Chapter 5: The Orioles and Colts weren’t the only teams that mattered

March 09, 2012 | Nestor Aparicio

Chapter 5: The Orioles and Colts weren’t the only teams that mattered

sports memories begin. Because my Pop didn’t drive and because there was no public transportation to Largo, I NEVER, EVER went to the Capital Centre as a small kid. So I never got to see Wes Unseld or Phil Chenier or any of those sweet Bullets teams of the late 1970′s. I only watched on Channel 20, with the rooftop antenna.
The first time I ever sat foot in the Capital Centre was in 1980, and it was for WWWF wrestling. Believe it or not, Hulk Hogan fought Bob Backlund for title that day. Hogan was a heel managed by the great “Classy” Freddie Blassie.

So for me as a kid, all of my Bullets and Capitals memories were from watching on a very grainy Channel 20 (For the record, that nerdy Captain 20 couldn’t wear WBFF’s Cpt. Chesapeake’s jock…I once met “Captain C” at the Lionel’s Kiddie City for an autograph near Eastpoint Mall…he was my main man for a number of years there in the 1970′s).

We also followed the Maryland Terps’ basketball seasons RELIGIOUSLY in my home. We never missed a game from 1973′s disappointment against N.C. State (and I remember the David Thompson busted head game vividly!) right through the Len Bias era. Those teams with Buck Williams and Albert King and Greg Manning were the best! And Terps football was kinda “there,” but they were rarely on TV, so they didn’t win my heart.

And again, my parents NEVER drove. I had no idea where Byrd Stadium even was until I got into my teens. And Cole Field House was a mythical place to me. The first time I ever went to Cole was when I drove my Pop there for a Duke-Maryland game in 1988 (we scored tickets through my connection at The Evening Sun, Molly Dunham.

So you must remember the rule before I was 16: if the bus couldn’t take us there, it didn’t exist.

And other than a trip to Venezuela in 1972, the only place my parents ever went was to South Carolina to see my Mom’s family during the summer. And we took a Greyhound bus through all of those little southern towns just to get there. It took what felt like two days each way!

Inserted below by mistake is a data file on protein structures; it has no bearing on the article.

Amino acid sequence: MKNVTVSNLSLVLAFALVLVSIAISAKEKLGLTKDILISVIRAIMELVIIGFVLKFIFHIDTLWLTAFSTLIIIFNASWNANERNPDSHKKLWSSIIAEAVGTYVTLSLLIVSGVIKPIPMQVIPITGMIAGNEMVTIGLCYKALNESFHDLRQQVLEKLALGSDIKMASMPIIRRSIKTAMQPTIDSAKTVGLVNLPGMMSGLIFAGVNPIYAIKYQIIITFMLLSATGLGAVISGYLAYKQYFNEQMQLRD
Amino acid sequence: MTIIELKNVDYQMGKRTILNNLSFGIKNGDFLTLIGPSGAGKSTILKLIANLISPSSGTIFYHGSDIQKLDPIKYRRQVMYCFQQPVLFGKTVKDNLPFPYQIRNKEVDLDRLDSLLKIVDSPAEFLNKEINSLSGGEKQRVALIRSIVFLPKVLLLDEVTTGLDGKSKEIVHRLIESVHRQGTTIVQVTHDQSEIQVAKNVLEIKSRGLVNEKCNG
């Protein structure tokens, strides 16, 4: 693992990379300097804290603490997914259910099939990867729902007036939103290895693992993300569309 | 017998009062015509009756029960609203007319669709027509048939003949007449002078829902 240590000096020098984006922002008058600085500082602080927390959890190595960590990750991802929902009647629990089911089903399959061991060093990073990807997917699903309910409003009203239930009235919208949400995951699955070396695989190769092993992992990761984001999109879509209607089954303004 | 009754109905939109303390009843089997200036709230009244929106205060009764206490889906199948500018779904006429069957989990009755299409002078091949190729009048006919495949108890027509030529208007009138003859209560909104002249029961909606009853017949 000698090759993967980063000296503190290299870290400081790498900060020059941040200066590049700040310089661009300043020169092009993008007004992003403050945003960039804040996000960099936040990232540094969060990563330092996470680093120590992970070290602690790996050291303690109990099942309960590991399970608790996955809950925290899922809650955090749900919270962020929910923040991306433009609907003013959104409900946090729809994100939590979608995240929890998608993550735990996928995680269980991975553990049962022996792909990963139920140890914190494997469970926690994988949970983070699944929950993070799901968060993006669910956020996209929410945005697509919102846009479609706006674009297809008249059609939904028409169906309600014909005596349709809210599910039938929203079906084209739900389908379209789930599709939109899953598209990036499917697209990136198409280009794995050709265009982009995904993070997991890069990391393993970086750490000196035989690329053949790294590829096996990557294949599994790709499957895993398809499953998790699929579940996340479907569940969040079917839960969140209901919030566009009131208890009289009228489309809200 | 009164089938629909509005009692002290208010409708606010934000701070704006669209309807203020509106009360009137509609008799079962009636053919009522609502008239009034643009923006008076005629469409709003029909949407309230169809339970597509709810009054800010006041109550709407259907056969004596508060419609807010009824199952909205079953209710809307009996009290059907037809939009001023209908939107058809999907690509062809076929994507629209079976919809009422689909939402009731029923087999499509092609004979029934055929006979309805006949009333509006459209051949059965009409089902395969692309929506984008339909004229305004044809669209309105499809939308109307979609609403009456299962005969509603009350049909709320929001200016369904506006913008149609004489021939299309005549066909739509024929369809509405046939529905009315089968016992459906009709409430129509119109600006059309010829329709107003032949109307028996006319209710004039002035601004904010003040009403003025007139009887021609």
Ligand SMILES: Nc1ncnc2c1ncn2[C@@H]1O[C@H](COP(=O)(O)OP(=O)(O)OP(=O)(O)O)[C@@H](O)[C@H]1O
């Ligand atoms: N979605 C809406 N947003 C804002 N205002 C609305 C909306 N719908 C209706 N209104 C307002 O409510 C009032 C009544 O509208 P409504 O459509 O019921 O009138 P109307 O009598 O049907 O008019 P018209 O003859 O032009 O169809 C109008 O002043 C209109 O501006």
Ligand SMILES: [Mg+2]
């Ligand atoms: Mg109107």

All of my late 1970′s memories of All Star Games came in Myrtle Beach in my brother’s green Prowler camper watching on a black and white TV set with rabbit ears. I always liked Ken Griffey Sr. (one of my NL favorites before I’d ever even been to an NL game), so when he won the MVP in 1980 at Dodger Stadium, I think my Pop and I celebrated by roasting marshmallows!

But we just didn’t travel at all much past Highlandtown or Essex. We didn’t even DRIVE for God’s sake!

My paternal father went back to Venezuela for good in 1978. But he showed up at my door in Colgate late one night in the summer of 1981. He left the country owing people money and stuff, so it was very unexpected.

He brought a Venezuelan friend who was a baseball scout, a really neat man named Gonzalo Contreras. My best friend at the time was Kevin Eck, who is now a sports editor at The Sun and is a world-renowned professional wrestling expert (yeah, we had that in common, too! It’s a Dundalk thing!). My “real” father who shares my name but very little else, wanted to take us to Philadelphia for a few days of baseball. Gonzalo knew Manny Trillo and Bo Diaz really well, and had tickets and the itinerary lined up.

Funny that I can’t remember three times that I went with my paternal father to Memorial Stadium when he actually lived here, but it was nice that he included baseball on the agenda when he returned.

We took the Amtrak train from Penn Station and we stayed at the Stadium Hilton across the street from Veterans Stadium. Keep in mind that Kevin and I were both “dreamers” as kids. We had seen “Rocky” and Rocky II” so many times we could quote the lines. So, going to Philly was pretty cool for us just because of that.

And then there was the best part: we were at that age — I was 12 and he was 14 at the time — where baseball was absolutely the No. 1 thing in our lives. We played in our respective neighborhoods and lived about three miles apart. He had his league and I had mine. He had his neighborhood guys and I had mine. He had guys in Eastfield he hung out with every day of his life who I never

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